Fenton Art Glass
Company Cactus pattern was inspired by the Indiana Tumbler & Goblet
Company (Greentown) pattern
No. 375 which was produced in 1901-1903 in Greentown, Indiana. This
Greentown pattern has been called both "Cactus" and "Panelled Agave," with
"Cactus" being the name preferred by collectors since the 1930s when J. Stanley
Brothers coined the name "Cactus" when he was writing for HOBBIES magazine.
Most of the original Greentown Cactus pieces were made in Chocolate
Glass but the four colors included Canary, Chocolate, Clear Opalescent, and
The Fenton Art Glass Company
introduced Cactus in January 1959 in the Milk Glass and Topaz Opalescent
colors. Topaz Opalescent did not sell as well as the Milk Glass. Fenton
discontinued production of most of the Topaz Opalescent items at the end
of 1960, but continued producing the Milk Glass pieces by the end of 1960
with a few exceptions. All of the items in Milk Glass were discontinued by
the end of 1962, except for the 3450-MI Bud Vase which remained in the line
through 1964. These early items are not marked, as Fenton did not start
using the Fenton logo until 1972. All of the Fenton Cactus pieces were produced
from new moulds made by Fenton mouldmakers. In 1959, Cactus became one
of the first patterns in which Fenton used their new denser and more opaque
white color of Milk Glass.
The 3445 10 oz. Goblet was
also made in Colonial Amber, Colonial Blue, and Colonial Pink in 1962. The
Fenton Cactus pattern is also documented in the book
Glass: The Third Twenty Five Years" by William Heacock and edited by
James Measell, current Historian for the Fenton Art Glass Company in West
Virginia. According to James Measel, "quite a few of the Fenton Cactus pieces
were created by making different items from the same mould."
Fenton also produced and
distributed certain pieces from their Cactus moulds as the "Desert Tree"
pattern in their "Olde Virginia" line which was a completely separate glass
line that was produced by Fenton and sold to wholesale houses and organizations
which sold through catalogues.
The Desert Tree pattern is
documented in the Olde Virginia Glass section of the book "Fenton Art Glass
Colors and Hand-Painted Decorations 1938-1980."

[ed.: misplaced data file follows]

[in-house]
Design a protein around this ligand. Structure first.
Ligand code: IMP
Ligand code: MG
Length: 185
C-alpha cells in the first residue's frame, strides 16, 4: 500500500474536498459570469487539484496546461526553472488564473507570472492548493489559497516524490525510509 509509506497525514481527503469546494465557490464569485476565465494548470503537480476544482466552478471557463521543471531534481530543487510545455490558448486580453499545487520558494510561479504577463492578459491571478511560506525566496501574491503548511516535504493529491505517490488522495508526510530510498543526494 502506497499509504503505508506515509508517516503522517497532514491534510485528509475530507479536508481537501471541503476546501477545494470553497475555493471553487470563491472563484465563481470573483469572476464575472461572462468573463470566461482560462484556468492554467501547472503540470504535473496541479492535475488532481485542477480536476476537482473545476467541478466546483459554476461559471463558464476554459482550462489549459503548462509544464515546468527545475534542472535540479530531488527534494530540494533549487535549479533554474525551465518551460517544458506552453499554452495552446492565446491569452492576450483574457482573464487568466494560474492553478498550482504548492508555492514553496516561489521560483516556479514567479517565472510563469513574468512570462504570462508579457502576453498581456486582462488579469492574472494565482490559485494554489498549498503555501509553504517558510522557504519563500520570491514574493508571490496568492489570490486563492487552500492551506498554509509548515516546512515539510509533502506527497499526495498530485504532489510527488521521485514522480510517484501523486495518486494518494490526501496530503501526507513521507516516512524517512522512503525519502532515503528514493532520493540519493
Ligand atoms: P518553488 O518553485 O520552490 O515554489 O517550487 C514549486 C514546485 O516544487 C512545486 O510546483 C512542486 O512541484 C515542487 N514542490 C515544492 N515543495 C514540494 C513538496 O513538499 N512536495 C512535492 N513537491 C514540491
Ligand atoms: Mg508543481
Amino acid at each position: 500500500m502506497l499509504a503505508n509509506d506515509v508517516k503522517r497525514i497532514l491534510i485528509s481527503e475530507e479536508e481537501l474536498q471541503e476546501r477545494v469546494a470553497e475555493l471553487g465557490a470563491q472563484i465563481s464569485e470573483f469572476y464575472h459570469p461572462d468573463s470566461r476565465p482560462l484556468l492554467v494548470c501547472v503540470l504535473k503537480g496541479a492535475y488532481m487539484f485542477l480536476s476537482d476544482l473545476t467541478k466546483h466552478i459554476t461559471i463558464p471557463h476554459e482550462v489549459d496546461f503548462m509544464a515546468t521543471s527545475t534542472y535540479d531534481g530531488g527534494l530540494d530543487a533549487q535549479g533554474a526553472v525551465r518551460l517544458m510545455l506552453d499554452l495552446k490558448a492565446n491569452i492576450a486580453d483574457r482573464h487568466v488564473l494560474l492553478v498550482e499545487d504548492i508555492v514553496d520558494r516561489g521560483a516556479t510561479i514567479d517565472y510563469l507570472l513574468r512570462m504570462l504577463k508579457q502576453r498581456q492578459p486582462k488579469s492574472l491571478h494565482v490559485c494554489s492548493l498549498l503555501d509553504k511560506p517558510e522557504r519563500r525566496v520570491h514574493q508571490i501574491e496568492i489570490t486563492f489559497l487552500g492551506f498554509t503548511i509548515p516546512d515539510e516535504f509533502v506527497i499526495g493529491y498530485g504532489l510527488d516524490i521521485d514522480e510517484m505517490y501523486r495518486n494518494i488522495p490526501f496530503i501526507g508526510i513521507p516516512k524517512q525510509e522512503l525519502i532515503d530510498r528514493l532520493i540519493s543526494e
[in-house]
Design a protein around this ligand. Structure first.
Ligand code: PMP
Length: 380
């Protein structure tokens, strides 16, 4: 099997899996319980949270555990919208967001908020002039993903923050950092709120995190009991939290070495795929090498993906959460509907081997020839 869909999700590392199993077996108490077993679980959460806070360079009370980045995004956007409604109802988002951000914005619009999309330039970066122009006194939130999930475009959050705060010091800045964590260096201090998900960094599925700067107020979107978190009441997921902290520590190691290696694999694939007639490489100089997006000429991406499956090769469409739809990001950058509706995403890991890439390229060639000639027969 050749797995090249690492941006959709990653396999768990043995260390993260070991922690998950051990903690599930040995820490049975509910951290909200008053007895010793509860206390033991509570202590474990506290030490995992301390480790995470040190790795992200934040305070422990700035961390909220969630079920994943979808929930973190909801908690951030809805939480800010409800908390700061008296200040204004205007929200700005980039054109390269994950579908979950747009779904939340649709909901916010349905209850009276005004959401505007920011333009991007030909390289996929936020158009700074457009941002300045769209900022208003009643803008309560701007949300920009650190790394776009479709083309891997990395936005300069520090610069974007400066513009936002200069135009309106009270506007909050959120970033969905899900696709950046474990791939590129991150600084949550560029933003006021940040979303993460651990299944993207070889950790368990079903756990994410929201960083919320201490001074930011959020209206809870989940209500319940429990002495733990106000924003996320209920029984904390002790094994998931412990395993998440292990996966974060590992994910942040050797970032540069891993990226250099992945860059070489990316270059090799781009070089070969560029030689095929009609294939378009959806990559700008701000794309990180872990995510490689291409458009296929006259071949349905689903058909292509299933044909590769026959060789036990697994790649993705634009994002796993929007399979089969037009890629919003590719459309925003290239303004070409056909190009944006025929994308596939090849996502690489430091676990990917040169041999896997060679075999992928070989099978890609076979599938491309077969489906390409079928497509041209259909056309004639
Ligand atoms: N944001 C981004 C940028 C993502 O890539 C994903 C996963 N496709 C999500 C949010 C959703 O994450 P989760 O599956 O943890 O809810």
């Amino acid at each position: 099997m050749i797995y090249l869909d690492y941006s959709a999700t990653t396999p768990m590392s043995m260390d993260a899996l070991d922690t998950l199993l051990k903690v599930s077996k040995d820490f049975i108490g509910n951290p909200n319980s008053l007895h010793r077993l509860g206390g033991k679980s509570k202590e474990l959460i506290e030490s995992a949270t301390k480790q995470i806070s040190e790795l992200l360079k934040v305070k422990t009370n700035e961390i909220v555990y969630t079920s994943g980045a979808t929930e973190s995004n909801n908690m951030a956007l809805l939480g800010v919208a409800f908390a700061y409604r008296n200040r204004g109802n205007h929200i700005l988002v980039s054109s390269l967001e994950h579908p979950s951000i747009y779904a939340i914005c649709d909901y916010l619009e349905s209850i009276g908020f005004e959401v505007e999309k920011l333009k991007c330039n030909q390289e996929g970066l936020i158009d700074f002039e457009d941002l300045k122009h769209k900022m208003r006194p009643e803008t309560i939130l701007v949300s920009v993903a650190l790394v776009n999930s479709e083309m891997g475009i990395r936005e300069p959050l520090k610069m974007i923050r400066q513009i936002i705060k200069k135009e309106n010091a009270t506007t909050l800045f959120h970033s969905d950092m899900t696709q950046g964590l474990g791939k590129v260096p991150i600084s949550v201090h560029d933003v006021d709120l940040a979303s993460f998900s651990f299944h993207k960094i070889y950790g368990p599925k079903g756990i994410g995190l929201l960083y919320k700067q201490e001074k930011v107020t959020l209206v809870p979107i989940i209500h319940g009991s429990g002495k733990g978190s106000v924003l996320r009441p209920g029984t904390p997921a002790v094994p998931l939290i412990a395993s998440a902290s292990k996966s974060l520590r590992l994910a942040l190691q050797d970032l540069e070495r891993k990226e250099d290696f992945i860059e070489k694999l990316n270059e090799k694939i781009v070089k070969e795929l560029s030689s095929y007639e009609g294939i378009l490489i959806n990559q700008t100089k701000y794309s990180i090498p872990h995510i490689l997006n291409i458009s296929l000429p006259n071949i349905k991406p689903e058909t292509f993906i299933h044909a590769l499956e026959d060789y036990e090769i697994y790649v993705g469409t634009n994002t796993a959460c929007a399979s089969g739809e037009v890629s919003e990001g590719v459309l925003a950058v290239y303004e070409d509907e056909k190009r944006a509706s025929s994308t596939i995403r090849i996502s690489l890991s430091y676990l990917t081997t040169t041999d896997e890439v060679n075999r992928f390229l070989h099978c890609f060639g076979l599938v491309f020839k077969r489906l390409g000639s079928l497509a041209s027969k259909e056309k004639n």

In 1980, Levay Distributing
Company, owned and managed by Gary
& Dodie Levi, marketed 400 limited edition Aqua Opalescent Carnival
7-piece Pitcher Sets which were made by Fenton and included a large pitcher
and six 10 oz. goblets. In 1982, the Cactus pattern reappeared in the Red
Sunset Carnival and Chocolate colors. The 3480 Cracker Jar was made
in Chocolate as part of an assortment that Fenton produced for Levay.
A Topaz Opalescent Cactus
Water Set was offered as part of the limited edition
Collector's Extravaganza series for 1988. The set was comprised of six 3445-TO
10 oz. Goblets and a large 3407-TO Water Pitcher which varied from 10.50"
to 15" in height. All of the 1988 items have the Fenton oval logo in
the center of their bases.
The 3488 Candy Box (which
is the same item as the 3408 Covered Sugar Bowl) was reintroduced in the
line in 1995 and was still being made as late as 1997 in Fenton's popular
Dusty Rose color. The candy box was also made in Spruce Green for the
1995 Holiday Season as a special edition.
Fenton made the 3429-PQ Champagne
Satin Comport in 1997 which is one of the later pieces which was never produced
in Topaz Opalescent.
The most recent Fenton Cactus
item made was the Ice Blue Iridescent 9" Basket in 2000, and at least one
of these baskets with the twisted rope handle was produced in the Willow
Green Opalescent color. Fenton Cactus in Topaz Opalescent is one of
the most collectible patterns among Vaseline Glass
Special Thanks for Editing, Photos,
& Research to:
Alice Venables, Bing Hilton,
Dave Peterson, Jack Skaw, James Measell, Jim R. Benfer Jr., Lynn Link, Sharron
Reynolds, Squeaker Bootsma, and Denny & Marilyn Tuttle.